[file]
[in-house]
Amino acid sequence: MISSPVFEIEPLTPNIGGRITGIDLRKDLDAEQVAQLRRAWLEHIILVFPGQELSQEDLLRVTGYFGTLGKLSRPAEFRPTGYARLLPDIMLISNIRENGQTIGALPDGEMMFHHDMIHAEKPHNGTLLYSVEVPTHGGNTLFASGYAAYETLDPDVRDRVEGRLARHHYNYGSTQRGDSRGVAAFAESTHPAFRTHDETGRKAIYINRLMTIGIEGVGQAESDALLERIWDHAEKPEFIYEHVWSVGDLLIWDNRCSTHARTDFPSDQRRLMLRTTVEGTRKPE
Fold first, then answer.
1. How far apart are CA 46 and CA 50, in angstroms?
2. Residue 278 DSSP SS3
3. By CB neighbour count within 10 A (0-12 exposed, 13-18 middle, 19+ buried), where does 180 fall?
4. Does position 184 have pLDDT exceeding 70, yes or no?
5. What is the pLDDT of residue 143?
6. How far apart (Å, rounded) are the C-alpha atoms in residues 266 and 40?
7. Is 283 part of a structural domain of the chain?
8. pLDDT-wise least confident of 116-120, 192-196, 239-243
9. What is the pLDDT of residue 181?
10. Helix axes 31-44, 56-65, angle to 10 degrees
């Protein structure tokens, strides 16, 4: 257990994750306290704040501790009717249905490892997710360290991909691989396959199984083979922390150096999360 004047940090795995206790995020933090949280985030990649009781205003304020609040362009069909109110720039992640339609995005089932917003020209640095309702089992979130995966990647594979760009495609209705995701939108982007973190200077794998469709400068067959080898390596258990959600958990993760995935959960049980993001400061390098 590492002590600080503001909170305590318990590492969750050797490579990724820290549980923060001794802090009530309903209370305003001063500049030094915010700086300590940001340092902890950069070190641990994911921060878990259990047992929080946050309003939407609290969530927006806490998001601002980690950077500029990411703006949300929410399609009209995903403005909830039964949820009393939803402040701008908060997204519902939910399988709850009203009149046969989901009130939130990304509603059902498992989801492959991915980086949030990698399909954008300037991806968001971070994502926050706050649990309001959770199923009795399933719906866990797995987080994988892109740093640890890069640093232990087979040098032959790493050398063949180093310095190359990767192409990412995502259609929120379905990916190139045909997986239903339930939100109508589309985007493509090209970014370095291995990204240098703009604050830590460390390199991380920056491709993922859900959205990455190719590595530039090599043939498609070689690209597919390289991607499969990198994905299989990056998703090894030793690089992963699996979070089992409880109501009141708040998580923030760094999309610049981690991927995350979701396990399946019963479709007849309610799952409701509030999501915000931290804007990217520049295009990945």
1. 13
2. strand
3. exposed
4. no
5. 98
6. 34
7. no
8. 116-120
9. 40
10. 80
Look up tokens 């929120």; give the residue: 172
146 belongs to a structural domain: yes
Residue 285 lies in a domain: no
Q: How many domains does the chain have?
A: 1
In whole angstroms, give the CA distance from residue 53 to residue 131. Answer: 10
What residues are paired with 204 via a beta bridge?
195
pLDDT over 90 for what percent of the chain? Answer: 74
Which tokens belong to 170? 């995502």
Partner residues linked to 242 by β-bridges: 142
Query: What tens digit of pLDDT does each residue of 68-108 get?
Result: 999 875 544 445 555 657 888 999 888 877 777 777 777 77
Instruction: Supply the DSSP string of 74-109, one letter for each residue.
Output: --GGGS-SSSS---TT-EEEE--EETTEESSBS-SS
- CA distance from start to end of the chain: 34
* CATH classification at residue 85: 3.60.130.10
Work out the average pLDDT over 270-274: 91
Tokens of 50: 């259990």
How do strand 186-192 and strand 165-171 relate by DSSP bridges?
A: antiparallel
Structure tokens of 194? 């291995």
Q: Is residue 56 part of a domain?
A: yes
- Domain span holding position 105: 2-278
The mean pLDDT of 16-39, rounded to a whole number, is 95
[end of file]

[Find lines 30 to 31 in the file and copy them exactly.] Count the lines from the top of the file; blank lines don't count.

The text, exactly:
In whole angstroms, give the CA distance from residue 53 to residue 131. Answer: 10
What residues are paired with 204 via a beta bridge?